A state of emergency has been declared in parts of the US State of Florida as a major leak from a wastewater reservoir threatens residents.
Florida Commissioner of Agriculture Nikki Fried has urged an emergency session of the Florida Cabinet and has claimed that the water is "contaminated, radioactive wastewater". In a letter to state governor Ron DeSantis she noted that there have been “numerous, well-documented failures … including leaks, poor welds, holes, cracks and weaknesses that existed prior to purchase by the current owner, HRK Holdings, and exacerbated since",
De Santis ordered the state of emergency on 3 April in three west-central coast counties in the state in response to the continuation of the leak from a wastewater reservoir at Piney Point near Tampa. As a precaution, over 300 homes within a mile radius of the facility have been evacuated in case of an uncontrolled discharge. Highways in the area have also been closed to traffic.
The leak in a wall of the 1,800 million-litre reservoir was detected on 26 March and subsequent pumping operations have removed approximately 133 million litres per day. However continued observation revealed further lateral damage and caused the governor to warn on 4 March that there could be a “total breach” in a matter of minutes. It is estimated that a collapse of the wall could result in a 6 metre wall of water flooding the surrounding area.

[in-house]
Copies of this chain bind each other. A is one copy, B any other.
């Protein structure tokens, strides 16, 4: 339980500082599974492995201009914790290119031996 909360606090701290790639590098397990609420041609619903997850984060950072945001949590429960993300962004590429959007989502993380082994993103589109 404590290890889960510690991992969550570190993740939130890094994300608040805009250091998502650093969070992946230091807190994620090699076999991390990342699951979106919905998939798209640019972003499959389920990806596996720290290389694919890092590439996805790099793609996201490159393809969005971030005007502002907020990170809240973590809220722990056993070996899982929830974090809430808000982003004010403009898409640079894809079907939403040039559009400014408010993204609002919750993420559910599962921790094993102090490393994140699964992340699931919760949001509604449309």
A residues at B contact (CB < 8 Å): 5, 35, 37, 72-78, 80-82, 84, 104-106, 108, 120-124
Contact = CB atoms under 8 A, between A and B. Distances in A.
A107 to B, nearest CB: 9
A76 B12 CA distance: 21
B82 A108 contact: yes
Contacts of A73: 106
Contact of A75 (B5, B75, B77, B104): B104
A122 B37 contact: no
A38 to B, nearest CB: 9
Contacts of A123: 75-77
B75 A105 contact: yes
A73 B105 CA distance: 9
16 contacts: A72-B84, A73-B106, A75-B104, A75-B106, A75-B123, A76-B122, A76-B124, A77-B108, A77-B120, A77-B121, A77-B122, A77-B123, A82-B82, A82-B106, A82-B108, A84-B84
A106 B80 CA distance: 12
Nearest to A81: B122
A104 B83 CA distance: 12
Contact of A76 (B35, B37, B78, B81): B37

The pumping operation from the reservoir into the sea at Tampa Bay has been bolstered and by 6 April is expected to have doubled in capacity.
The reservoir contains saltwater from a dredging project in Port Manatee and is mixed with process water and stormwater runoff.
It is not clear if the water has been treated but before release, it is tested. Test results are expected from 7 April.
"The water meets water quality standards for marine waters with the exception of pH, total phosphorus, total nitrogen and total ammonia nitrogen," the state said in a statement. "It is slightly acidic, but not at a level that is expected to be a concern, nor is it expected to be toxic."
Despite assurances from the state, the NGO Centre for Biological Diversity observed that "In addition to high concentrations of radioactive materials, phosphogypsum and processed wastewater can also contain carcinogens and heavy toxic metals. For every ton of phosphoric acid produced, the fertilizer industry creates 5 tons of radioactive phosphogypsum waste, which is stored in mountainous stacks hundreds of acres wide and hundreds of feet tall."
Authorities in Manatee County have said that local water is safe to drink and there is no threat to Lake Manatee, which is the primary source of local drinking water, and that well water has not been affected.